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Linux kernel development has gone CORPORATE – report

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Linux

The Linux kernel is growing and changing faster than ever, but its development is increasingly being supported by a select group of companies, rather than by volunteer developers.

That's according to the latest survey of Linux kernel of development by the Linux Foundation, which it published to coincide with the kickoff of this year's Linux Foundation Collaboration Summit on Wednesday.

The survey found that coders who claimed no company affiliation, or for whom an affiliation could not be determined, accounted for just 16.4 per cent of the total number of contributions to the kernel. Independent consultants made up another 2.5 per cent.

The rest all came from coders working on behalf of companies large and small. And while individual contributors seldom made a huge impact on the kernel – most made ten or few changes to the kernel over the last three years – their combined efforts made a huge difference.

The latest version of the Linux kernel to be released before the report was compiled, version 3.18, comprised some 18,997,848 lines of code.

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CrunchBang: The Rest of the Story

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GNU
Linux
Debian

Here’s the rest of the story regarding successors, spins or forks of CrunchBang. The tech media is falling over itself reporting that the “successor” to CrunchBang is something called #!++ which, to many CrunchBang insiders, is nothing more than one — but not “the resurrection” — project based on CrunchBang. It’s a project that appears, in the opinion of many CrunchBang contributors, as one that is trying to capitalize on the name, now that it’s “available,” in a manner of speaking.

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Linux 3.20 To Land VirtIO 1.0 Implementation

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Linux

For those unfamiliar with the VirtIO 1.0 implementation see the OASIS specification, "This document describes the specifications of the 'virtio' family of devices. These devices are found in virtual environments, yet by design they are not all that different from physical devices, and this document treats them as such. This allows the guest to use standard drivers and discovery mechanisms. The purpose of virtio and this specification is that virtual environments and guests should have a straightforward, efficient, standard and extensible mechanism for virtual devices, rather than boutique per-environment or per-OS mechanisms."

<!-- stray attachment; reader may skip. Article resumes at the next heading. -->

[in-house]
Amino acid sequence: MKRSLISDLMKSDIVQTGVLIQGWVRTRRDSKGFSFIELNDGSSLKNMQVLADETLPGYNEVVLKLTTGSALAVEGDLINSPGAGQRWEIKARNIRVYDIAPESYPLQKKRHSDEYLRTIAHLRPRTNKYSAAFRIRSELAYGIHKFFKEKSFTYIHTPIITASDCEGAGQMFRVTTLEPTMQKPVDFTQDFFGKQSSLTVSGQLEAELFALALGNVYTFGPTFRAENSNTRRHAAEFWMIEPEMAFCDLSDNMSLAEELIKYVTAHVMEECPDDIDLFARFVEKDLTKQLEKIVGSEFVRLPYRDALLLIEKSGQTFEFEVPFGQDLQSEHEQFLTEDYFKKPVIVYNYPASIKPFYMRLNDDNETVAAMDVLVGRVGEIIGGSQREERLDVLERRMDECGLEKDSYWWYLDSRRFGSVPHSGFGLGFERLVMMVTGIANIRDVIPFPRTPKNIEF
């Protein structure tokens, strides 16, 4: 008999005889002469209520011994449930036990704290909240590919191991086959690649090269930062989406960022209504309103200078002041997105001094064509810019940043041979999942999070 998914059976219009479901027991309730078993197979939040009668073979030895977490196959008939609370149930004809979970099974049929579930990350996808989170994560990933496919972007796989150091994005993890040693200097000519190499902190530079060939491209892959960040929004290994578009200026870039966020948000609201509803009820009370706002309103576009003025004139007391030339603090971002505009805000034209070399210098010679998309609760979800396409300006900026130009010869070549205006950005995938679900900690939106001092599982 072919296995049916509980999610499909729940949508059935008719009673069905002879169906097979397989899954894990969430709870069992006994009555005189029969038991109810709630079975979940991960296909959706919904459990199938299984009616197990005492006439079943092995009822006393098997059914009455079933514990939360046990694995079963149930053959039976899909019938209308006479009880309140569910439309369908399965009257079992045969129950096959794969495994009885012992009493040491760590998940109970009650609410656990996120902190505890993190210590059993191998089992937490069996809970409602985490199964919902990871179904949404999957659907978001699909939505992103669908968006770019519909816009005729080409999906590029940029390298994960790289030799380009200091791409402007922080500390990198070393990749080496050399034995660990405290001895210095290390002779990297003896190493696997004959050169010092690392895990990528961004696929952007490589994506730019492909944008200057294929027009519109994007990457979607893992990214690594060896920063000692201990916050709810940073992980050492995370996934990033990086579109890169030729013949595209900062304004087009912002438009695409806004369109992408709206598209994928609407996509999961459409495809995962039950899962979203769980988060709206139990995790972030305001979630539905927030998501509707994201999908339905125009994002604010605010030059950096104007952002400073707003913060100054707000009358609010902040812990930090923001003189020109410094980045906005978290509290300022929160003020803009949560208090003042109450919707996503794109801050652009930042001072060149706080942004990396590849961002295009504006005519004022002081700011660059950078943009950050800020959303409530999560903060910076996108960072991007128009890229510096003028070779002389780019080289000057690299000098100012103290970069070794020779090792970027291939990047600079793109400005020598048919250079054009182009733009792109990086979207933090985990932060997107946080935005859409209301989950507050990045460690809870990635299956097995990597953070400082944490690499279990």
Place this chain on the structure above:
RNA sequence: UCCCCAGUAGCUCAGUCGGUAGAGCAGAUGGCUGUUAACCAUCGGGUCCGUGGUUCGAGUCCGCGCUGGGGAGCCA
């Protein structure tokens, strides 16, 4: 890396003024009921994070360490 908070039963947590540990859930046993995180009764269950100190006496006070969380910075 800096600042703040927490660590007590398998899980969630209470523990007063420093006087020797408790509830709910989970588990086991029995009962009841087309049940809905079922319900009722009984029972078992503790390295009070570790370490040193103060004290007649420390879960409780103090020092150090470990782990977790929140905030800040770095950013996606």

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“Has Linux lost its way?” comments prompt a Debian developer to revisit FreeBSD after 20 years

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GNU
Linux
Debian
BSD

Anyhow, some comments in my recent posts (“Has modern Linux lost its way?” and Reactions to that, and the value of simplicity), plus a latent desire to see how ZFS fares in FreeBSD, caused me to try it out. I installed it both in VirtualBox under Debian, and in an old 64-bit Thinkpad sitting in my basement that previously ran Debian.

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Why should you consider using a Linux-based system for music making?

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GNU
Linux

Linux has a reputation for being geeky, esoteric, hard to get into and limited in terms of available software. But does the increasingly popular free OS and its ecosystem deserve such criticism, or are musicians missing out by not considering making the switch from Windows or OS X?

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Samsung SUHD Tizen TVs coming to the Philippines in April 2015

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Linux

Samsung unveiled their new 2015 Smart TV Lineup at CES 2015, which are Smart TVs that run Tizen, as well as offering Sony’s PlayStation Now service combined with Samsung’s latest screen technologies. The SUHD Re-Mastering Engine uses a colour grading tool to offer a high dynamic range and wider colour gamut, which is 64 times the colour expression thanks to quantum technology and 2.5 times the brightness when compared to conventional TVs.

Yesterday at the Samsung Forum 2015 in Bangkok, Thailand Samsung product manager Jane Viola has confirmed that there will be four sizes of the SUHD TVs that will be released in the Philippines near the end of April 2015.